Wednesday, June 29, 2011

What I learned about my faith from a screenwriting book

I'm reading a great writing book, "Save the Cat" by Blake Snyder. He's a screenwriter, but shedding some great light on how to craft and formulate a story.

Snyder writes he's "shocked to find out how many up-and-comers can not even quote from movies in their own genre much less movies generally."

Trust me, he writes, all the big guys can. Spielberg and Scorsese can talk about movies in detail, quote from hundreds, and explain how each movie works.

This really struck me. As a writer yes. I can't quote from too many novels. ** blush ** I can quote more from movies than books. Snyder's insight challenges me to be more purpose full with my reading and studying of books.

But even more, I'm struck by the passion of men like Spielberg and Scorsese to know their craft, to let their work and art infuse their lives.

As a Believer, I want this to be my way with my Lord. I don't want to be a casual Christian who can spout a few Sunday school verses, or drop Christianese, or think I'm the one follower of Christ who doesn't need to be in the Word daily.

How many Christians are just like the up-and-coming screenwriters Snyder writes about? They cannot quote from the Bible. They don't understand the complexities and layers of the Word. They think it's for the theologians and happily leave it in their intellectual hands.

I dare say intellectuals have done more harm than good to the pure truth of the Gospel.

We must be the Spielbergs of our faith. We must KNOW Him. And the only way to know HIM is to be with HIM.

Jesus prays to the Father in John 17: 24, "Father, I desire that they also whom You have given Me be with Me where I am..."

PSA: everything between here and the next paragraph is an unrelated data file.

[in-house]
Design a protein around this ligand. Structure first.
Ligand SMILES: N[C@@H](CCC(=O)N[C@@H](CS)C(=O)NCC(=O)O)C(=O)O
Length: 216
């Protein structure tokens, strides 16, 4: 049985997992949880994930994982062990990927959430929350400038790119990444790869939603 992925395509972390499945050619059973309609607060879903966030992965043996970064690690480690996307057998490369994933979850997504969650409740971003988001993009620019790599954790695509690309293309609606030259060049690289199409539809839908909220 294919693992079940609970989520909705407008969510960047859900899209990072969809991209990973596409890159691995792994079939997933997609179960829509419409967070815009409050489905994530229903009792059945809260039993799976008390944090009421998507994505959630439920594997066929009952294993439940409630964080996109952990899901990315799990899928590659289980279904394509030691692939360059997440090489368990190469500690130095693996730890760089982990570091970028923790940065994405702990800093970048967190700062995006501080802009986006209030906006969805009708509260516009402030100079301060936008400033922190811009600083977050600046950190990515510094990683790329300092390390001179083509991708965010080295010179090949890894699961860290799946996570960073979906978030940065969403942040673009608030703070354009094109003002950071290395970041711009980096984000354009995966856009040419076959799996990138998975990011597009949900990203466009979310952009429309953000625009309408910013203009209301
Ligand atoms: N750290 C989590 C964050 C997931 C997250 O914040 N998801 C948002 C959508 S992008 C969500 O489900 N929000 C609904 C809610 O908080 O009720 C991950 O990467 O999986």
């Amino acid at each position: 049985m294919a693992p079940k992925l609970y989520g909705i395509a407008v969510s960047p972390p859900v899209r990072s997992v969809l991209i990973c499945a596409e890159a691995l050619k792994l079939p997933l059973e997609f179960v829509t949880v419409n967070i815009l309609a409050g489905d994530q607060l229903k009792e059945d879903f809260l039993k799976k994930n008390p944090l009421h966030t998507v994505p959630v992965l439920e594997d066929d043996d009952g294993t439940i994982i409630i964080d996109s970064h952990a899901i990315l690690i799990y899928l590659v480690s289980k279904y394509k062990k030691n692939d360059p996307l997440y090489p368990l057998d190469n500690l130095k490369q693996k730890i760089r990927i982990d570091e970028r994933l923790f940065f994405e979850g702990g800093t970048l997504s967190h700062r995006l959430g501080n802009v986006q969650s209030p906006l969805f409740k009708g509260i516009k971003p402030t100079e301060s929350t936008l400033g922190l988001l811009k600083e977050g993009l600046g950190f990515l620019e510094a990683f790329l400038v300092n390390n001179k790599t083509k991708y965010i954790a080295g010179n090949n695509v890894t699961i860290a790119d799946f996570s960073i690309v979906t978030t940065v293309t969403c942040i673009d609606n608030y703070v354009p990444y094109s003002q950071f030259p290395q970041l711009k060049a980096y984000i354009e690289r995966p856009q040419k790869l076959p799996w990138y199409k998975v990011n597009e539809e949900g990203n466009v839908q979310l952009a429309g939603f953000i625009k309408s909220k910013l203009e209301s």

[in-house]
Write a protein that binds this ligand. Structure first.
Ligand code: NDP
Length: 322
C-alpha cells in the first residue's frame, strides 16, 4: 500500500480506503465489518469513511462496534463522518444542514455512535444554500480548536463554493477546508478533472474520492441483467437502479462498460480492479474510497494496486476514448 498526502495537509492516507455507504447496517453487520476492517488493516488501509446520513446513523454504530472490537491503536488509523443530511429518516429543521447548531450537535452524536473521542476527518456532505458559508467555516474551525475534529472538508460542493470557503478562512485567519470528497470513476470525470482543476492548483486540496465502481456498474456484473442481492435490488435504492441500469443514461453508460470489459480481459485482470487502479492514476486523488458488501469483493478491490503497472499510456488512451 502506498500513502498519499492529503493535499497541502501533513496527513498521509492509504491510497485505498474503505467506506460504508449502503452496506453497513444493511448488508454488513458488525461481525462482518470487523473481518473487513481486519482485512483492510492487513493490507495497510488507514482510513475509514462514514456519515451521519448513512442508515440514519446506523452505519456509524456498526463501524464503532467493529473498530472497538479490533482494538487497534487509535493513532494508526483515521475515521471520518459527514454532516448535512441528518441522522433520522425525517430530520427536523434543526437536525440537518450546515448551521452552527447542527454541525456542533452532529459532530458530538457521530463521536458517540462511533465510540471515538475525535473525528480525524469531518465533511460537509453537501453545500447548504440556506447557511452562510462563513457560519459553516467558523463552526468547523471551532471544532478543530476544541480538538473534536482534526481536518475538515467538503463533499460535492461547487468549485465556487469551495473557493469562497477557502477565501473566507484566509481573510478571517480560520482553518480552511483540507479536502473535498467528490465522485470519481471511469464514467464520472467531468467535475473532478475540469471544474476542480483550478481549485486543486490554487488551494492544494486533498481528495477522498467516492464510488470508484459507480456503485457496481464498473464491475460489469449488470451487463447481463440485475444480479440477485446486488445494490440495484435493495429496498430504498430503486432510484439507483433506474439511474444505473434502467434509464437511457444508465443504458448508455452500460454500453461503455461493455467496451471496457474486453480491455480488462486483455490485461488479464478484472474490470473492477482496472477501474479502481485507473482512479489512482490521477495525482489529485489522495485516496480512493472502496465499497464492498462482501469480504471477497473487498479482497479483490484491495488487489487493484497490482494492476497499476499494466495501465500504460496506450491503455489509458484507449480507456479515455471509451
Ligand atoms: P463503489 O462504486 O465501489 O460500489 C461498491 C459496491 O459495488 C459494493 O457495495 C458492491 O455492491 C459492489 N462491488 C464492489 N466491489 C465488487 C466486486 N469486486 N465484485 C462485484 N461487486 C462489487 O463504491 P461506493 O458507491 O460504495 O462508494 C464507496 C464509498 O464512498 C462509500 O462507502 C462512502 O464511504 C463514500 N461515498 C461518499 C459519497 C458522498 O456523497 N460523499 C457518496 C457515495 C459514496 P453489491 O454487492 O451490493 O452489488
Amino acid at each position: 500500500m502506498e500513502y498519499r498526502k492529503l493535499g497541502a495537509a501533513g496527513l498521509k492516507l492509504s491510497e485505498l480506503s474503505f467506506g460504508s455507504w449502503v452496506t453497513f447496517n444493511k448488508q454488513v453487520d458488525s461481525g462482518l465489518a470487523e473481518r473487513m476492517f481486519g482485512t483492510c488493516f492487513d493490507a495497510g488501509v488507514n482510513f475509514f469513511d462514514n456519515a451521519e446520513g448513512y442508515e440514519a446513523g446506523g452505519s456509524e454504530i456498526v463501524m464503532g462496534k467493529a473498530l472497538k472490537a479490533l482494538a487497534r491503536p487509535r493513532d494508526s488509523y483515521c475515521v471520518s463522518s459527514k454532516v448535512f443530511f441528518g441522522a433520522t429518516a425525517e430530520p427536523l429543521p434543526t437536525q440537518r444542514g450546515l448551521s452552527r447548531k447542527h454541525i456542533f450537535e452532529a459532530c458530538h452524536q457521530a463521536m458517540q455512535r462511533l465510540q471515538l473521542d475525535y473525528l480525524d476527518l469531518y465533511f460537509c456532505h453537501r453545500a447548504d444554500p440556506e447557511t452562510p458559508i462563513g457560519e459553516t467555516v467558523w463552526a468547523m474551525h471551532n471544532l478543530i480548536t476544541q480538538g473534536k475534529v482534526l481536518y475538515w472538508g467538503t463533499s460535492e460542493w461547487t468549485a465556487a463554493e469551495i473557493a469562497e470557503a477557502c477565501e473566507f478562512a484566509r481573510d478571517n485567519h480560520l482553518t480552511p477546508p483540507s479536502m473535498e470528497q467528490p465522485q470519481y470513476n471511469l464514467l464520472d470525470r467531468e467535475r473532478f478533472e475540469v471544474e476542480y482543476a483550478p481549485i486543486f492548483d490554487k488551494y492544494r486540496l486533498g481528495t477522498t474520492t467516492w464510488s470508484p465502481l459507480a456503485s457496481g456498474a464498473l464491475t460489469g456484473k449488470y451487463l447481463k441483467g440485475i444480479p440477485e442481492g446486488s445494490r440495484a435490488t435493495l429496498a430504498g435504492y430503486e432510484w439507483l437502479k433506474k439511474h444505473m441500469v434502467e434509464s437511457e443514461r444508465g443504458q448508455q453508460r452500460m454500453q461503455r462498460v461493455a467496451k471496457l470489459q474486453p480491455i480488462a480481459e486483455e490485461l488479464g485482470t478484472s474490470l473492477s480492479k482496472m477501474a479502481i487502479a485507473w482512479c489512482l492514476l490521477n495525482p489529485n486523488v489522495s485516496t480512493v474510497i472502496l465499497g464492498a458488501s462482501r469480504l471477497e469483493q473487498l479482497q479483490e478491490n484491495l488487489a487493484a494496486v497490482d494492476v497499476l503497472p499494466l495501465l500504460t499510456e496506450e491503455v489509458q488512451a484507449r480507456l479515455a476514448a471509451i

We want to be disciples of Christ without being disciplined. We want to claim the salvation of the Cross while living full bore for ourselves. I hear many Believers say they embrace the Cross of Jesus but refuse to embrace their own cross. "Deny yourselves and follow me," Jesus said.

They want a social gospel. One that's easy and doesn't require anything of them but showing up. In Snyder's analogy, they want to write a screenplay their way, ignoring the rules of Hollywood, and expect success.

The screenwriter thinks he has something unique and new. But he doesn't. I see this with authors too. Just like Believers of Christ think in 2011 we have to come up with something new and different to pitch the Gospel to the world without knowing the true Gospel of old. (I'm talking Acts and Revelation, not 1850s)

Snyder writes that the more a screenwriter knows about the old movies, the genres, and what the studios want, the more he learns the craft, the greater chance he has of selling his screenplay.

Hmm.. could it be that the more we know the Word, the more we saturate our lives in prayer, the more we embrace the Cross of Christ in all aspects of our lives, the more chance we have of showing the Gospel to the world.

We don't win them by being like them. We when them by being like Jesus.

My take away is to ask Jesus to increase so I can decrease. I want to be more like Him and waaayyy less like myself.

Tuesday, June 28, 2011

This Time by Rachel Hauck

Long before the Kindle, the Nook, or the Sony reader. Long before the iPad was a spark in Steve Job's eye, I sold an e-book. I'd written this rancher girl story for Heartsong but they had a book very similar coming out by Kathleen Y'barbo (don't think I've let her forget it) so they turned me down.

Writer's-Exchange was leading the way in those days in epublishing, a small venue from Australia my second favorite country, so I sold them Belle and Burke's story.
With the advent of e-readers, this story is finding a new audience and I thought I'd share it with you. As the used cars sales men say, "It's priced to sell!"

Leave a comment on the blog and I'll draw a name to win a copy of Softly and Tenderly, my book with Sara Evans and a $10 Amazon gift certificate.

Here's what a reader said about This Time:
This story made me feel hope, that all wrongs can be righted and that something you believe is gone forever can come back to you. Belle and Burke are great characters. I recommend this book. It's one of my favorite Rachel Hauck books.